The Minister for Children has said that new regulations for childminders will be "proportionate" and "respectful of the home and family setting".

Roderic O'Gorman said his department recognised that "centre-based childcare" is different to "childminding in the home".

Last week, Minister O'Gorman received Cabinet approval to regulate more childminders to allow parents access to the National Childcare Scheme (NCS).

Currently parents can only avail of NCS subsidies if their children are cared for in a registered childcare service.

These type of childminders will be required to register with Tusla with changes brought in on a phased basis.

It has sparked concern that childminders, who mind children in their own homes and are paid to do so, will be phased out.

However, in response to questions from Sinn Féin's spokesperson on Children and Youth Affairs Kathleen Funchion, Minister O'Gorman insisted that this was not the aim of the changes.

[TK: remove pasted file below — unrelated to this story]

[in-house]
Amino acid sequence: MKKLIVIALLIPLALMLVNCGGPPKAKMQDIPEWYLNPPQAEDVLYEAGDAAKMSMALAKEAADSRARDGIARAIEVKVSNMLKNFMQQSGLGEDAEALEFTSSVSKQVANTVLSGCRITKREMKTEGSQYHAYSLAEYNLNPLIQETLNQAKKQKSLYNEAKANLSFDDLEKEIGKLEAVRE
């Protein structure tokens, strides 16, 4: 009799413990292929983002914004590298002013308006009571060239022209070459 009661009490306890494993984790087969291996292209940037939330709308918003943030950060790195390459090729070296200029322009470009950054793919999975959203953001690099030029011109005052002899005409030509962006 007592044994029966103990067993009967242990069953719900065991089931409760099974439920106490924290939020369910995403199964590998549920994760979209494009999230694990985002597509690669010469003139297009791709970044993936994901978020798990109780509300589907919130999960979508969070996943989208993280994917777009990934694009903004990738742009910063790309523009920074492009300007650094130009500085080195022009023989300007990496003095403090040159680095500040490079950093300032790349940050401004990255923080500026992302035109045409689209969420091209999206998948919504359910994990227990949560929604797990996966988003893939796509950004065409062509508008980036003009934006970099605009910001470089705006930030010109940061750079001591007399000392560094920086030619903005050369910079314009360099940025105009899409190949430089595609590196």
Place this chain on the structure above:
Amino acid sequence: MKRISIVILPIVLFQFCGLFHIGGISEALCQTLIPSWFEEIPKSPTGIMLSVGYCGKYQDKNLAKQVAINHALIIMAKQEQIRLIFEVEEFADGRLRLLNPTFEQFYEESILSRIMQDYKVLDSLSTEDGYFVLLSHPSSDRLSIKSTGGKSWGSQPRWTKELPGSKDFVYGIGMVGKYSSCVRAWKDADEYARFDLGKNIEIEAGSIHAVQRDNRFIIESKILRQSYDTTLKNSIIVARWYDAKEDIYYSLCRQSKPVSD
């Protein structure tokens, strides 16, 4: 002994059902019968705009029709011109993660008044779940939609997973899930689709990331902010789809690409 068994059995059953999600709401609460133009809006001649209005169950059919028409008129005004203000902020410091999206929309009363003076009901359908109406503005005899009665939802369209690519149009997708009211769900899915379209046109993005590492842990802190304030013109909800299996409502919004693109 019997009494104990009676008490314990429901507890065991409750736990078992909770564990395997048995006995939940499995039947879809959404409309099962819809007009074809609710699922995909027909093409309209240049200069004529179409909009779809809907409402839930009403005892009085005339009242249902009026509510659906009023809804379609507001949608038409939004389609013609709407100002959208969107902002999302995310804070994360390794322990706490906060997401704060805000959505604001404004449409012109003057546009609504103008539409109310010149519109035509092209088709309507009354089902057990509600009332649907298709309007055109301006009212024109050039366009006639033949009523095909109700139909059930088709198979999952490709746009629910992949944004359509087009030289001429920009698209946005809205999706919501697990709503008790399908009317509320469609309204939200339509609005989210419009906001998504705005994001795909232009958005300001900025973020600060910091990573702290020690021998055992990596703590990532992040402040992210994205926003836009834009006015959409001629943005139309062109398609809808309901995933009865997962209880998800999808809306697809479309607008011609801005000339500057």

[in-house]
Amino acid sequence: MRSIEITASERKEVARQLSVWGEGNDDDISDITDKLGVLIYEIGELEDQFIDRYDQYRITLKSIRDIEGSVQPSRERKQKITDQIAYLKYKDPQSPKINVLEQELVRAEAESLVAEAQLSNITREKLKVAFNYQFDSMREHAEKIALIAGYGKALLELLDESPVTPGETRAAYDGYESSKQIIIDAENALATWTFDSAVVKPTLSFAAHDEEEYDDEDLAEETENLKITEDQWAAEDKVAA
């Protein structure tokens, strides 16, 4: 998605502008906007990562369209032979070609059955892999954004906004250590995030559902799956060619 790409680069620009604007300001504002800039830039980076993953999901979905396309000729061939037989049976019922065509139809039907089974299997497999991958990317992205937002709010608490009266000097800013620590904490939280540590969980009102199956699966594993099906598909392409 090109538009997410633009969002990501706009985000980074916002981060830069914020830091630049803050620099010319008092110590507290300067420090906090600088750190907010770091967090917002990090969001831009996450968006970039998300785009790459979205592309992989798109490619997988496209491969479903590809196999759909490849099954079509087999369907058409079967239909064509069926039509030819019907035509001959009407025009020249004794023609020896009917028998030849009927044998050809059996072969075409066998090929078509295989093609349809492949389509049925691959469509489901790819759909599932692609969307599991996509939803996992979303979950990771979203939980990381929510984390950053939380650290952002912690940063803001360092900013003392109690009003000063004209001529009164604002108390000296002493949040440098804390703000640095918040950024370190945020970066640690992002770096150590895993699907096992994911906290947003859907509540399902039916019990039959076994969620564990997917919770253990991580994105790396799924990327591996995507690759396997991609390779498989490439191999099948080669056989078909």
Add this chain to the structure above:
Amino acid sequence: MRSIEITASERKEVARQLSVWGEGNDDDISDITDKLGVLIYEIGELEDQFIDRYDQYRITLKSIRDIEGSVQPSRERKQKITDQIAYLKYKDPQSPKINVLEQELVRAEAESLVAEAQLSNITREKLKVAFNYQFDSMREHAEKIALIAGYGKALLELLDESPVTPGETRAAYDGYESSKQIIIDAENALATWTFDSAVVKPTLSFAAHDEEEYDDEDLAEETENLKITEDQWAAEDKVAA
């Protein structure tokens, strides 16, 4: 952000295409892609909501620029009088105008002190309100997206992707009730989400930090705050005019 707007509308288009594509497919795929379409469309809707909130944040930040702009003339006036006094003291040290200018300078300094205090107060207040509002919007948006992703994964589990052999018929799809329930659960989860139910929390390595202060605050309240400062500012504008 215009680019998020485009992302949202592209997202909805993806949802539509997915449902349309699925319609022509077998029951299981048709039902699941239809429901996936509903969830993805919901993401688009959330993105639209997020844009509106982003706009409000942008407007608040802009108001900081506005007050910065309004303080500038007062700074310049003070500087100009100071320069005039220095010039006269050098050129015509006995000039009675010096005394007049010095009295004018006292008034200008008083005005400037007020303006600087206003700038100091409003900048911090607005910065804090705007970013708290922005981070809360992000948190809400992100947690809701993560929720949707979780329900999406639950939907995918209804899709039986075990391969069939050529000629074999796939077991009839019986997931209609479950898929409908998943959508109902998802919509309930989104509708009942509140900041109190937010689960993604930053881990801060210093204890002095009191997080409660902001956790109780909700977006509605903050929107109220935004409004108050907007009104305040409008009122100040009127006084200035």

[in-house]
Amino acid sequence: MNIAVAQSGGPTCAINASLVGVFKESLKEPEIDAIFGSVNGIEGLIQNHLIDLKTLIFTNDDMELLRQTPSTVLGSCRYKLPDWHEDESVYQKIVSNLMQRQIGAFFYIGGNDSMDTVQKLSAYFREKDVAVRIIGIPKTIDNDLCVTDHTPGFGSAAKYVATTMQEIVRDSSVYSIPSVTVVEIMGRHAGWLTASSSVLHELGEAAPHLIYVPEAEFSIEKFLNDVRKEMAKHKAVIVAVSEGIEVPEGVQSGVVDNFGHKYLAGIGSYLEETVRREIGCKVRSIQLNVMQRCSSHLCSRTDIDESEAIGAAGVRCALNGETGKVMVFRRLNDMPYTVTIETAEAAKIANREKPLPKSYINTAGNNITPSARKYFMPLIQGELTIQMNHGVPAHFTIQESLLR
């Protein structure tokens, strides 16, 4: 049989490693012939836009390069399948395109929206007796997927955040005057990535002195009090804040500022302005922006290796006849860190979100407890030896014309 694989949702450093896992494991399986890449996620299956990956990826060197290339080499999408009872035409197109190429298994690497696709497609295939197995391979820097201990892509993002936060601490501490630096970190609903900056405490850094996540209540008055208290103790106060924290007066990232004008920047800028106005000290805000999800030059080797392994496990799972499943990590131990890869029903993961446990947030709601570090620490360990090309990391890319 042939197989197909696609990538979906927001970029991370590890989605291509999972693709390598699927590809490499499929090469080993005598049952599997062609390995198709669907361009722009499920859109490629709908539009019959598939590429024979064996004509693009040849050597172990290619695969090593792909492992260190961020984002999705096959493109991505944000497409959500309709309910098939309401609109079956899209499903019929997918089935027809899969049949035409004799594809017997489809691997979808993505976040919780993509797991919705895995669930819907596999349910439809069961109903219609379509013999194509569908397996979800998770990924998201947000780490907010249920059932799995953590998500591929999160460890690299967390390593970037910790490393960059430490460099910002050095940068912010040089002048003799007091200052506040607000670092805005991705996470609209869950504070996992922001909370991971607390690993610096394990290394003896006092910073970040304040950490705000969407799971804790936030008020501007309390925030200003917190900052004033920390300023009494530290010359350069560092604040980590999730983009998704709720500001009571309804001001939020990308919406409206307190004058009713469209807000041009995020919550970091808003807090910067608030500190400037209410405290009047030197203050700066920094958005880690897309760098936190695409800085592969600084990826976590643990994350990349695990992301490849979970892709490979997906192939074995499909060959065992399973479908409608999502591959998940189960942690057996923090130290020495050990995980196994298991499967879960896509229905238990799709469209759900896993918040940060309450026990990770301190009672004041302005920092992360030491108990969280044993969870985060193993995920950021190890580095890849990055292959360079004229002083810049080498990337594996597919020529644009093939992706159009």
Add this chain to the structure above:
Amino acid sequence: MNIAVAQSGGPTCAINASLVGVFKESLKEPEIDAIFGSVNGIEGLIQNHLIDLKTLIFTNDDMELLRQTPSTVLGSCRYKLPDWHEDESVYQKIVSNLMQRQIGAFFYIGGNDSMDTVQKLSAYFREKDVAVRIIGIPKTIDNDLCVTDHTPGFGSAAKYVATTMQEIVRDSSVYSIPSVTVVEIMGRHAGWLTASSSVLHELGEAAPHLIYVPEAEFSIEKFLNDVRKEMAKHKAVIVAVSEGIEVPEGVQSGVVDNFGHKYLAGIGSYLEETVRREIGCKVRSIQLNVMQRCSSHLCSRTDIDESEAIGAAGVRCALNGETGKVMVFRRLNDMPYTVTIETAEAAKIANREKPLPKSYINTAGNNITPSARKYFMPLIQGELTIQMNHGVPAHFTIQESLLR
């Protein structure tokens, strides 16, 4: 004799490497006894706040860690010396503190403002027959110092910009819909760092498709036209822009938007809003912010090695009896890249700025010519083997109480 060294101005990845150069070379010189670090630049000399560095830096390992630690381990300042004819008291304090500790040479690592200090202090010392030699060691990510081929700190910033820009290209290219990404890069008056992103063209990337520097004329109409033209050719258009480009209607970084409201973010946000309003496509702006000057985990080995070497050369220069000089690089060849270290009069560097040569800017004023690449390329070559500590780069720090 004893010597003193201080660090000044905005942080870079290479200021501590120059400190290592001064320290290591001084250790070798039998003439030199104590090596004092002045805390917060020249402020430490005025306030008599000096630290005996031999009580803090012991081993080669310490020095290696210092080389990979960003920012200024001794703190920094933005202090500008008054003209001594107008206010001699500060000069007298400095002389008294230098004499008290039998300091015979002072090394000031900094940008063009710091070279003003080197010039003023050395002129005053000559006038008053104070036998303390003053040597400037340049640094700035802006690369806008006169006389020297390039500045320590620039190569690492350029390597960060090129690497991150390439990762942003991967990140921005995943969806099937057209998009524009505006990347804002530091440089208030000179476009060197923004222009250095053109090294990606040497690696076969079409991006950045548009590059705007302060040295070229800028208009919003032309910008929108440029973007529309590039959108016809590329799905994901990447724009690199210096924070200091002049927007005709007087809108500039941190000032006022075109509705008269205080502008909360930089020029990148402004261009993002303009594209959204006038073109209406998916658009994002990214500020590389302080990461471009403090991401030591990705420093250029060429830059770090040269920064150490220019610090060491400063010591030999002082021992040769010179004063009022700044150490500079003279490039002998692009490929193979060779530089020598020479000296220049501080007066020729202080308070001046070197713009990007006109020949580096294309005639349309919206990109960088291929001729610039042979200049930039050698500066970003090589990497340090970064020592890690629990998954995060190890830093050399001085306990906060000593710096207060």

"I think that's welcome", Ms Funchion told the Dáil, adding that she has used childminding services herself.

She told the Dáil that it was important that childminders were not "afraid" to register.

Asked if the changes would require legislative change, Mr O'Gorman said that proposals will be brought to Cabinet by the end of March to change the Childcare Act of 1991 which would give the minister the power to create regulations for childminders.

Mr O'Gorman said that the hope would be to pass the legislation by the end of the year or early 2024.

Separately, the minister told the Dáil that often people have to flee countries on fake documents because they are being "chased" and "repressed by a particular regime".

He said that anyone arriving in Ireland has the right to apply for international protection, adding that there is then a process which will determine whether they can stay or not.

He explained that in the case of a protester fleeing Iran it would be unlikely that the regime would provide them with the appropriate documentation.

Mr O'Gorman said that these situations have to be accounted for.

It followed comments from Independent Cork TD Michael Collins who said that he believed that people coming to Ireland should have proper documentation.

"No one should be in the country unless they're fully documented and that's the way, if I was leaving this country, that's the way it should be for me if I go to another person's country", he said.